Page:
Thai Fruit and Vegetable Carving
Welcome to Chiangmai and Chiangrai Magazine
Learn more about the fascinating art of Thai fruit and vegetable carving in this article that the excellent Welcome to Chiangmai and Chiangrai Magazine allowed us to reprint.
Thai Fruit and Vegetable Carving
Quite apart from the wonderful tastes, the exotic blend of flavours that make up a Thai meal, diners are always impressed with the beautiful presentation that is an integral part of local cuisine. Even the simplest and cheapest fruits and vegetables can be turned into miniature woks of art on the edge of your plate by a few deft strokes of a fruit carving knife. Thus the humble carrot, tomato or cucumber is transformed into a rose or a chrysanthemum, into a fish or an animal.
Much carving is in fact very simple and can be done at home even without specialized tools, but the creation of masterpieces of carved fruit such as watermelons turned into peacocks requires great skill and years of practice to perfect, as well as a range of knives built for the job. Surprisingly much of the most elaborate carving is done not by the gentle hands of women, but by the stronger strokes of men, where the greater power of wrist action influences depth and twist.
The heights of creative and decorative carving are rarely seen. Such artistic excellence was once the preserve of chefs to Royalty and the nobility, but can now be found in the buffet displays of the better hotels, the master carvers of old having taught their trade to the dynamic new generation.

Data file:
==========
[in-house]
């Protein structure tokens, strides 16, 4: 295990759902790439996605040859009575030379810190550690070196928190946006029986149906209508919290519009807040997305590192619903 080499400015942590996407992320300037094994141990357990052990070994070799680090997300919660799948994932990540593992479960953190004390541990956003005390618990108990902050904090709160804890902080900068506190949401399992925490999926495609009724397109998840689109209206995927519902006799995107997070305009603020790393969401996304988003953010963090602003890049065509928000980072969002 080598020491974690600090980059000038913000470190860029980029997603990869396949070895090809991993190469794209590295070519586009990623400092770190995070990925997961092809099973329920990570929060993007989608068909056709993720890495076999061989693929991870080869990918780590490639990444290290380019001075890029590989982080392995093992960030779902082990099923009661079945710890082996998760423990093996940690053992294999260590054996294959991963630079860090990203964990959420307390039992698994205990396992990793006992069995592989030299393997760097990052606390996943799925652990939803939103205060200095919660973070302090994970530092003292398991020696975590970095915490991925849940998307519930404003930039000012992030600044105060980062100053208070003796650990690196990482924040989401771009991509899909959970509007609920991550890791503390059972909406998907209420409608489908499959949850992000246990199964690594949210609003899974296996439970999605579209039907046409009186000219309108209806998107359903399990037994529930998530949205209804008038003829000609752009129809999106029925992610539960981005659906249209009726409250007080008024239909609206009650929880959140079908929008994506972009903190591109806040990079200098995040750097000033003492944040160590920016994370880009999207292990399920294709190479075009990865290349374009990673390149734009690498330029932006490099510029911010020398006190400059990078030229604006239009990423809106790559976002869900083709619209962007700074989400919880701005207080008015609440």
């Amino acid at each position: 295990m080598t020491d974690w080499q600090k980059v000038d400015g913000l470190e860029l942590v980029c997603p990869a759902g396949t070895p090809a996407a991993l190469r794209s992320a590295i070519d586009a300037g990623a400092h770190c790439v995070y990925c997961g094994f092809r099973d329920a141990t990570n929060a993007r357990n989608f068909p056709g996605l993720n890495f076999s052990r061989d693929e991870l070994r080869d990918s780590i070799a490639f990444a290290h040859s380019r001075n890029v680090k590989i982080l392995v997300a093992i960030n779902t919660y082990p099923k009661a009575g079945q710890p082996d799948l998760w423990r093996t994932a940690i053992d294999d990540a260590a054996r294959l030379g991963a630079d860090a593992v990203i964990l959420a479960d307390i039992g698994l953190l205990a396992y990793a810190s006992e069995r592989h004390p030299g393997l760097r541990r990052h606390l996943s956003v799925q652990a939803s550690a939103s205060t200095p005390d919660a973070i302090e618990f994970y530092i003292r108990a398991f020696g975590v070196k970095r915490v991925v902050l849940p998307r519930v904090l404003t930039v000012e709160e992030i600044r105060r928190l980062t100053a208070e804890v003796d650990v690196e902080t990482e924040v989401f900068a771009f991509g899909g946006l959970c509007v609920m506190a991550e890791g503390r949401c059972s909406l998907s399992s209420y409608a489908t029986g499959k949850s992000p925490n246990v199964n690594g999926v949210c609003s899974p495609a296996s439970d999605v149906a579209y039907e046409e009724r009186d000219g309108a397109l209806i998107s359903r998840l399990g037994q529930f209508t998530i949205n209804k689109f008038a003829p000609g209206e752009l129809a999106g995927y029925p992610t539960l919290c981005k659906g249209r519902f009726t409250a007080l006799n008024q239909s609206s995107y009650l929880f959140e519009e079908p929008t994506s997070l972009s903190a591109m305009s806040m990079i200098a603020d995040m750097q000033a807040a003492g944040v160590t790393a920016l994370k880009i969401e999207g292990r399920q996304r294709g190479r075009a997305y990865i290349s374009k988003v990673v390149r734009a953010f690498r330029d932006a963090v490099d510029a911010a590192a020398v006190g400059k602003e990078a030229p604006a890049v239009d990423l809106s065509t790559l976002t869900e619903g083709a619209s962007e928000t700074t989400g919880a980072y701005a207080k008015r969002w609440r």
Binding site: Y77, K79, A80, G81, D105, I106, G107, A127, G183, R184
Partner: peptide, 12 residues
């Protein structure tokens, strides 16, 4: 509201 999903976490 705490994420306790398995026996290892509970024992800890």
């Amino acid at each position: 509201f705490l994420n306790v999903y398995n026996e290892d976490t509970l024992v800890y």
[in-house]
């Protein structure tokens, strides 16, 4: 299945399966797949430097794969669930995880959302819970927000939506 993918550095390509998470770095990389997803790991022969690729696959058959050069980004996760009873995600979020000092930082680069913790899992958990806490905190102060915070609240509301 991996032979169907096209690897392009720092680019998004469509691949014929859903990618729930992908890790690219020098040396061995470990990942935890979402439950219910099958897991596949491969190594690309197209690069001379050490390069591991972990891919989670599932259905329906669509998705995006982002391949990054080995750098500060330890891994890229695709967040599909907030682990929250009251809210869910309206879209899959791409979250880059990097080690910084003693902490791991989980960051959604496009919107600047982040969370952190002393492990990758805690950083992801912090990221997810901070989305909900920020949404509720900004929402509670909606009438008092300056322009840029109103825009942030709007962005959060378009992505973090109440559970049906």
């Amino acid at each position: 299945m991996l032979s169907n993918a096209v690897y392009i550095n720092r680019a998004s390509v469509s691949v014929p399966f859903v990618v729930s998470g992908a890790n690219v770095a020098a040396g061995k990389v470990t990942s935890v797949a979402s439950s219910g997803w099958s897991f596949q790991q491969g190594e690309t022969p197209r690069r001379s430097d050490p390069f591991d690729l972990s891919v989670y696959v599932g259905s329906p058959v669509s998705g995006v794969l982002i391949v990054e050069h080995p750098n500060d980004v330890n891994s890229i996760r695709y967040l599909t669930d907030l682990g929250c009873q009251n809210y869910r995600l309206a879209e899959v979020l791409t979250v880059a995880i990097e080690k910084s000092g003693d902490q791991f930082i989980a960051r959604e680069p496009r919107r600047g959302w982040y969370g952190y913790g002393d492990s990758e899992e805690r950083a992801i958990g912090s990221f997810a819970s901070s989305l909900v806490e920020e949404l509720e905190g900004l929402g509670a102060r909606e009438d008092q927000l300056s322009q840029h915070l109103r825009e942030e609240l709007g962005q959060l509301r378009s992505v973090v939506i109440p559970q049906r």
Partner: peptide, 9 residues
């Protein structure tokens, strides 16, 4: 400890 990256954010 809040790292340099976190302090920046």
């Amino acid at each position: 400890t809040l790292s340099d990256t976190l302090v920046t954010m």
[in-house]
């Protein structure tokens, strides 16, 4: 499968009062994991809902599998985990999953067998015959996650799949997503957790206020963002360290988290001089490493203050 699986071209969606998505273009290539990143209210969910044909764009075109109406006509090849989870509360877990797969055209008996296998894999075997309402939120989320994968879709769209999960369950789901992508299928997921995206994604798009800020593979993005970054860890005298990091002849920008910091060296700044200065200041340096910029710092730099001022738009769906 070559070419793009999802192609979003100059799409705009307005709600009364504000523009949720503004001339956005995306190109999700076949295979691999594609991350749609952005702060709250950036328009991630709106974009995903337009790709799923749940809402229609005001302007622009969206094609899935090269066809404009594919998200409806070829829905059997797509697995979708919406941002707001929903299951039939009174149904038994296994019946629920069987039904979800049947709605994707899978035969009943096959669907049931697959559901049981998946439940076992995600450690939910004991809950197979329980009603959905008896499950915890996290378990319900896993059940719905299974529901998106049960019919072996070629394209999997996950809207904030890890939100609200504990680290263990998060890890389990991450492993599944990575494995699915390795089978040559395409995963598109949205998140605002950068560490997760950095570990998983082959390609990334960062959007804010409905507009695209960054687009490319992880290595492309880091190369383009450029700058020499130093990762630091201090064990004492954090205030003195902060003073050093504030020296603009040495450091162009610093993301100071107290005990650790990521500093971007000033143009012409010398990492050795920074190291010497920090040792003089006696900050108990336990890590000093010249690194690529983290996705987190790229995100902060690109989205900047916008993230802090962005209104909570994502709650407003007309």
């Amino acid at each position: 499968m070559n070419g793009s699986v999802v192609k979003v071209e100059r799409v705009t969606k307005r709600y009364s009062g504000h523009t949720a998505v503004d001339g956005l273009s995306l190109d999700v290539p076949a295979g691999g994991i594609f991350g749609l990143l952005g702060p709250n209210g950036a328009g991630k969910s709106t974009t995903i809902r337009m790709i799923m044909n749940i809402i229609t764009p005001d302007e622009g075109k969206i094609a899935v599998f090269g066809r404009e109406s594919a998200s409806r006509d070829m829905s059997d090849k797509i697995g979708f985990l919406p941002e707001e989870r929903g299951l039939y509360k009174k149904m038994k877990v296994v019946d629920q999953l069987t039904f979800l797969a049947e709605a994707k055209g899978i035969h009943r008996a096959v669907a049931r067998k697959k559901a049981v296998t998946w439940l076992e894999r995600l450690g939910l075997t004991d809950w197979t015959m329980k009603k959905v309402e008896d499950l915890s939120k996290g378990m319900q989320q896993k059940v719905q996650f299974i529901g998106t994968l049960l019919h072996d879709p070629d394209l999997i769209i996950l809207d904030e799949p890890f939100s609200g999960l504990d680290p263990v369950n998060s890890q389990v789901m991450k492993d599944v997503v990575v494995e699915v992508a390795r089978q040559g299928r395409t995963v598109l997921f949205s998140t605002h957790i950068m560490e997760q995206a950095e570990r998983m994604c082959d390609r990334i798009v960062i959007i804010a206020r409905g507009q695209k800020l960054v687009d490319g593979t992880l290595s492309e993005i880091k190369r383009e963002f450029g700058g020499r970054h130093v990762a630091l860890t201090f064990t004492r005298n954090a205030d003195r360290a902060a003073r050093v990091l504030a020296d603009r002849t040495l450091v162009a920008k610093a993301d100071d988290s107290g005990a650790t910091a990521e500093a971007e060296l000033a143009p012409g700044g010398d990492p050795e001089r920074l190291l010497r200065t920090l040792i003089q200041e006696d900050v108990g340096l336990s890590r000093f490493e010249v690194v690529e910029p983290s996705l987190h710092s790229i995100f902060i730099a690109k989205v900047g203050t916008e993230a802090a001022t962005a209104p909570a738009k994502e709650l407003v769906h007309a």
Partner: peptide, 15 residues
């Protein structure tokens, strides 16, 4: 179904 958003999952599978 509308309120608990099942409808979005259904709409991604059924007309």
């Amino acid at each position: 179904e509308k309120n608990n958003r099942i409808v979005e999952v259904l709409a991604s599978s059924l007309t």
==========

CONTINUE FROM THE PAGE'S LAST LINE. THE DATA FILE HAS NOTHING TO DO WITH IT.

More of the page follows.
Such classical carving is beautiful to see but is beyond the scope of most visitors to begin to emulate. Simpler carvings are, however, surprisingly easy and can be done in a standard Western kitchen as easily as in Thailand. Tomato baskets, for example, merely require a firm tomato (easier to find in the West than in Thailand) and a sharp knife. Slice off the bottom of each tomato to give a flat base. Make two parallel vertical cuts from the top to about half way down the fruit. Then cut horizontally in from the "equator" on both sides. Remove the wedges of tomato, scoop out the pulp and seeds and there's your basket. Horizontal cutting is more decorative if done in a zigzag pattern. Stuck for ideas? Fill your basket with mixed vegetables like sweet corn, peas and diced carrots or put in some chopped prawns or ham with a mayonnaise and basil, or even a shot of guacamole. Tomatoes of course transform beautifully into roses. Slice off the top of the fruit and set aside. With a sharp (note this magic word) knife peel the tomato, including about 2 mm of flesh, with a circular motion from top to bottom giving one long spiral of peel. Roll this long strip of peel up to form a rose. It sounds hard. It isn't.
Chilli flowers are one of the most common decorative garnishes. They are effective yet simple. All that is needed is that (very) sharp knife again. Hold the chilli by the stem end and make several cuts from base to tip using the point of the knife. The more cuts the better, but that is to practice. Toss the chillies into iced water and watch them open into flowers. Remove the seeds before serving and don't forget to wash your hands. I'd love to show you how to make a cucumber lotus but that needs picture or two. If you go to a Thai cookery school of course you will learn all this stuff, but if not go home, get a (very, very) sharp knife and get practicing. You won't regret it.
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